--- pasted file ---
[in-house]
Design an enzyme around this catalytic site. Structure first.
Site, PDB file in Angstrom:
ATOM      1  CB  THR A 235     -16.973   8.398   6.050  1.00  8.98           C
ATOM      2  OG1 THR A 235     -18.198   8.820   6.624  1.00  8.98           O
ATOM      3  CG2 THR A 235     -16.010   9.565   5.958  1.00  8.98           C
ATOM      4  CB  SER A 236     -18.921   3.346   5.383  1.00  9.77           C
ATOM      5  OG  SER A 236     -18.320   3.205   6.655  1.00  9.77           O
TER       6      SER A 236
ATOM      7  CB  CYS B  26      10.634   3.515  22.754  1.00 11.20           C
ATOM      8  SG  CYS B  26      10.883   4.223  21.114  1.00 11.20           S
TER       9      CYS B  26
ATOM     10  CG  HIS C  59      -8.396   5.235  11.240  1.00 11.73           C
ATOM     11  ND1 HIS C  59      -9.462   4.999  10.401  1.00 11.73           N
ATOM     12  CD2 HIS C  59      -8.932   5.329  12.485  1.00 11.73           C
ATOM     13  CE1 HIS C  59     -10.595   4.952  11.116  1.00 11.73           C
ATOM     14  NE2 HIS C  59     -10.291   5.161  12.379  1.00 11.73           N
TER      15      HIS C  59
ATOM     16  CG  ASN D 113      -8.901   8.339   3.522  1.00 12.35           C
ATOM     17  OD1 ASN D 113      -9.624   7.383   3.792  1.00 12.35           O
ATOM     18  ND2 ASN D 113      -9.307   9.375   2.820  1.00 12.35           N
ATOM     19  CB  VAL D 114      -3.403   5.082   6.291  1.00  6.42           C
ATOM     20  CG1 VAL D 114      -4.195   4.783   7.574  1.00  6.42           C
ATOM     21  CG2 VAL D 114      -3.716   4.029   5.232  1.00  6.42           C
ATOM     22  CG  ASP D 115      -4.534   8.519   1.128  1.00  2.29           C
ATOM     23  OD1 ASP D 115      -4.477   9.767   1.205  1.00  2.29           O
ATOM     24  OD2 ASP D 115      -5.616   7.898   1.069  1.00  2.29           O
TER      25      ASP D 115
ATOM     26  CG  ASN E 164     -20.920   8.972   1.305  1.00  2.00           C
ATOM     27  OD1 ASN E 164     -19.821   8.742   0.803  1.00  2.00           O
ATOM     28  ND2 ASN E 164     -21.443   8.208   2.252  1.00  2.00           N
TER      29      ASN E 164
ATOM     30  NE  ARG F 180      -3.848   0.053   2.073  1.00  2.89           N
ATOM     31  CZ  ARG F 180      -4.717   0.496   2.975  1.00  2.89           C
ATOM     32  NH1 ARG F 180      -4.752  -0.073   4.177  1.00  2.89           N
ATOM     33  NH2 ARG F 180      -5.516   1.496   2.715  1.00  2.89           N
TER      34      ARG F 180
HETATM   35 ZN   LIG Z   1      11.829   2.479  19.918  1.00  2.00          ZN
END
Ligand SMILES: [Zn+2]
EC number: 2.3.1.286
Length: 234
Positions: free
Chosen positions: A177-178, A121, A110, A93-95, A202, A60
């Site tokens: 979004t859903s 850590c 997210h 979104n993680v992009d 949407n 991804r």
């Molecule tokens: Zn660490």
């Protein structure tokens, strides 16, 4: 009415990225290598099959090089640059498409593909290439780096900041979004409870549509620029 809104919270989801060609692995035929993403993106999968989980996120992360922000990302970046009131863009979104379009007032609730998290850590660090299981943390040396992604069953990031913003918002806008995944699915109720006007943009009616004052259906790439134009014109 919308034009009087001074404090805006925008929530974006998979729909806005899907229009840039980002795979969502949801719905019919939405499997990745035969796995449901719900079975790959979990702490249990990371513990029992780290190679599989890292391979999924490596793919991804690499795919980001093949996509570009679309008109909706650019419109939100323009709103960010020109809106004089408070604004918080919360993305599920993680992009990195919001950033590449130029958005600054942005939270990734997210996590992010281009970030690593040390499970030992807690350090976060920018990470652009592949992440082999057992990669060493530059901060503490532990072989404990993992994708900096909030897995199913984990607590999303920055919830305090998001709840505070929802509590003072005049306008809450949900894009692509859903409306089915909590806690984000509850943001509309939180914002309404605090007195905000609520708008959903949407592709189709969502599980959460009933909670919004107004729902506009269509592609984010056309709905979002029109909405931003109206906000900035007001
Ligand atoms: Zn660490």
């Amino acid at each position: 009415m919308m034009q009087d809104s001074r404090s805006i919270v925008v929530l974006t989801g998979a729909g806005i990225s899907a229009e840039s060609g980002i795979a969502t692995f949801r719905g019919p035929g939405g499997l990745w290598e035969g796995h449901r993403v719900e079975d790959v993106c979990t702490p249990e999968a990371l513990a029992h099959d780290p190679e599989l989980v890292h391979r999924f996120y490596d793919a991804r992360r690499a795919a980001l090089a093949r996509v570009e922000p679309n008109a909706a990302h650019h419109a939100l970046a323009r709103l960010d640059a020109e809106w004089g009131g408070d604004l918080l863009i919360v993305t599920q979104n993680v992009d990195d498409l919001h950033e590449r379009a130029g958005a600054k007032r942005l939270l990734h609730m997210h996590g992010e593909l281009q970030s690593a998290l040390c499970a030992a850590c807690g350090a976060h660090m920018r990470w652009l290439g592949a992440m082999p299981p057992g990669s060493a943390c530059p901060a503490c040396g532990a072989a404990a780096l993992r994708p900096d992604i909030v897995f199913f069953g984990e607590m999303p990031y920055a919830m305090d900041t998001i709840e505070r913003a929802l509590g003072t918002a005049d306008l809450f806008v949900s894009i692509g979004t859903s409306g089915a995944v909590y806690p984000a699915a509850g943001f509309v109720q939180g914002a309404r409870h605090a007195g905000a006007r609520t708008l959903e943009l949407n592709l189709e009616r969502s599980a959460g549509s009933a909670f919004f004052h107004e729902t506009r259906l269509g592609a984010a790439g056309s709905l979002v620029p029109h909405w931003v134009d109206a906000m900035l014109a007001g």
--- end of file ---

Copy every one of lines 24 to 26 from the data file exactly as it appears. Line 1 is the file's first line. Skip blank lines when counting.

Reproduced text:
ATOM     21  CG2 VAL D 114      -3.716   4.029   5.232  1.00  6.42           C
ATOM     22  CG  ASP D 115      -4.534   8.519   1.128  1.00  2.29           C
ATOM     23  OD1 ASP D 115      -4.477   9.767   1.205  1.00  2.29           O